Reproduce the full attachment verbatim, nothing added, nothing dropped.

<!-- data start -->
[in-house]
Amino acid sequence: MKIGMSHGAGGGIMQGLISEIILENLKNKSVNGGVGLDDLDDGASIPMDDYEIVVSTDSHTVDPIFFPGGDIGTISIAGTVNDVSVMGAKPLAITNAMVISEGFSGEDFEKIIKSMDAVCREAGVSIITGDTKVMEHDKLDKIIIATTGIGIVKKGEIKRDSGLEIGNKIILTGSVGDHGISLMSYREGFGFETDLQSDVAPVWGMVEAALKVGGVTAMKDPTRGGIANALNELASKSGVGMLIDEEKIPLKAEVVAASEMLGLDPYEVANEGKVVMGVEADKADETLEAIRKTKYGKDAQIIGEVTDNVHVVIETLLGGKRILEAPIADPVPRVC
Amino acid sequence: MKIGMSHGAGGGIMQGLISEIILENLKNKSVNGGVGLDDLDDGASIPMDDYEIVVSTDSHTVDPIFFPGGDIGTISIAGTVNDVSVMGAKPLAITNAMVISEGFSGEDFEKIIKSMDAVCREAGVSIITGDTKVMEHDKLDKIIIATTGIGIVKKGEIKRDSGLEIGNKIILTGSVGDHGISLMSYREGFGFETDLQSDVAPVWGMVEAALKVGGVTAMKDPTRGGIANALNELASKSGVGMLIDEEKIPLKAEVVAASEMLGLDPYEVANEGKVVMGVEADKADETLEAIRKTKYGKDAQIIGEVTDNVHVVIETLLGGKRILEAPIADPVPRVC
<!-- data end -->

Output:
[in-house]
Amino acid sequence: MKIGMSHGAGGGIMQGLISEIILENLKNKSVNGGVGLDDLDDGASIPMDDYEIVVSTDSHTVDPIFFPGGDIGTISIAGTVNDVSVMGAKPLAITNAMVISEGFSGEDFEKIIKSMDAVCREAGVSIITGDTKVMEHDKLDKIIIATTGIGIVKKGEIKRDSGLEIGNKIILTGSVGDHGISLMSYREGFGFETDLQSDVAPVWGMVEAALKVGGVTAMKDPTRGGIANALNELASKSGVGMLIDEEKIPLKAEVVAASEMLGLDPYEVANEGKVVMGVEADKADETLEAIRKTKYGKDAQIIGEVTDNVHVVIETLLGGKRILEAPIADPVPRVC
Amino acid sequence: MKIGMSHGAGGGIMQGLISEIILENLKNKSVNGGVGLDDLDDGASIPMDDYEIVVSTDSHTVDPIFFPGGDIGTISIAGTVNDVSVMGAKPLAITNAMVISEGFSGEDFEKIIKSMDAVCREAGVSIITGDTKVMEHDKLDKIIIATTGIGIVKKGEIKRDSGLEIGNKIILTGSVGDHGISLMSYREGFGFETDLQSDVAPVWGMVEAALKVGGVTAMKDPTRGGIANALNELASKSGVGMLIDEEKIPLKAEVVAASEMLGLDPYEVANEGKVVMGVEADKADETLEAIRKTKYGKDAQIIGEVTDNVHVVIETLLGGKRILEAPIADPVPRVC